Regarding Sunda, the book details that the port of Sunda (Sunda Kelapa) was excellent and strategically located, and that the pepper from Sunda was among the best quality. The people worked in agriculture; their houses were built on wooden piles (rumah panggung). However the country was infested with robbers and thieves.

Culture[edit]

Vajrasattva. Eastern Java, Kediri period, 10th–11th century CE, bronze, 19.5 x 11.5 cm
Ganesha and a fragment of a temple at the residency in Kediri, 1866-1867

Celebrated as an era of blossoming literature, Kediri produced significant contributions in the field of Javanese classic literature. Next to the literary works already mentioned, Lubdhaka and Wrtasancaya by Mpu Tanakung, Krisnayana written by Mpu Triguna, and Sumanasantaka by Mpu Monaguna are also notable.

The book of Ling-wai-tai-ta composed by Chinese author Chou K'u-fei in 1178, gave a glimpse of everyday life in Kediri that cannot be found in any other source material, about the government and people of Kediri.[4] According to Chou K'u-fei, people wore clothes that covered them down to their legs, with a loose hairstyle. Their houses were clean and well arranged with floors made from green or yellow cut stones. Agriculture, animal farming, and trading flourished and gained full attention from government. He reported that silkworm farms to produce silk and cotton clothes had been adopted by Javanese by that time. There was no physical punishment (jail or torture) of criminals. Instead, the people who committed unlawful acts were forced to pay fines in gold, except for thieves and robbers who were executed. In marital customs, the bride's family received some amount of bride price from the groom's family. Instead of developing medical treatment, the Kediri people relied on prayers to Buddha.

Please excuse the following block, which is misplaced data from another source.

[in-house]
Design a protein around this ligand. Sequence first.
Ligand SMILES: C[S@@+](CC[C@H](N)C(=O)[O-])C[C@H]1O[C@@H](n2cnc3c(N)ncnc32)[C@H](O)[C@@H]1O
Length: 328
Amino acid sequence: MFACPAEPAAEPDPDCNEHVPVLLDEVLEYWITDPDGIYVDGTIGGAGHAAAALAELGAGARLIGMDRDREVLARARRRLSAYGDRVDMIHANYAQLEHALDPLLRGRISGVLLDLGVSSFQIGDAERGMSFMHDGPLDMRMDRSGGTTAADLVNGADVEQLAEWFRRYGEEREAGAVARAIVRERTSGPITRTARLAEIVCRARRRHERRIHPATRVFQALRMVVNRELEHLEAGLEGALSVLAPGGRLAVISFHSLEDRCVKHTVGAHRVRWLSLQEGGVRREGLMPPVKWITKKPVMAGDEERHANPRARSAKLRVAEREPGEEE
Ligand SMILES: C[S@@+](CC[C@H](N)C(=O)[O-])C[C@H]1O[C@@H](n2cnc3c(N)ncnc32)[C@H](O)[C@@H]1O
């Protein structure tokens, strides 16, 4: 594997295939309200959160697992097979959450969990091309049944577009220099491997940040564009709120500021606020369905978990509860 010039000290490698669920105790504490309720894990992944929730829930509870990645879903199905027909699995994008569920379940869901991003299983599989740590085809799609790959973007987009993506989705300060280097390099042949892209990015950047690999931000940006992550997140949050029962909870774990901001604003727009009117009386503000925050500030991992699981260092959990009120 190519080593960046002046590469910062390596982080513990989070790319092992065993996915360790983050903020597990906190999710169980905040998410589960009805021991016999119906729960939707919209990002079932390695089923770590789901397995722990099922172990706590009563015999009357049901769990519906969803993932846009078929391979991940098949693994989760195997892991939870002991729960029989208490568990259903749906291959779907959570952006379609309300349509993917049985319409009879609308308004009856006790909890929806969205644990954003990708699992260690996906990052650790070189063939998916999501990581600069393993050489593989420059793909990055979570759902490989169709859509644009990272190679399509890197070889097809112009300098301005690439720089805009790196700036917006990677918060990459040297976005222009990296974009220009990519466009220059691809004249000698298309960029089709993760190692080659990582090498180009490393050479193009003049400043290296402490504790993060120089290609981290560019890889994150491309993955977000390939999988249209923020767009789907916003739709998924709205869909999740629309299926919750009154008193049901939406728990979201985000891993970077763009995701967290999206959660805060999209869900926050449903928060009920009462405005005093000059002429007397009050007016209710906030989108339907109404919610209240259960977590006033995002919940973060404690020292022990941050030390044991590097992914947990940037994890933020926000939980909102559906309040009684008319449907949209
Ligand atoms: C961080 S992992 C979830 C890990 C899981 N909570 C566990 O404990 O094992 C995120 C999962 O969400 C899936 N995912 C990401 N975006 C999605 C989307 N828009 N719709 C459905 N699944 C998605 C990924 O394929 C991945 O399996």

On the 5th month of the year, a water festival was celebrated with people travelling in boats along the river to celebrate. On the 10th month, another festival was held in the mountains. People would gather there to have fun and perform music with instruments such as flutes, drums, and wooden xylophones (an ancient form of gamelan).

The King wore silk garments, leather shoes and ornate golden jewellery. He wore his hair up high on his head. Every day, he would receive state officials, managers of his kingdom, on a square throne. After an audience, the state official would bow three times to the king. If the king travelled outside the palace, he rode an elephant and was accompanied by 500–700 soldiers and officials while his subjects, the people of Kediri, prostrated themselves as the king passed.

Economy[edit]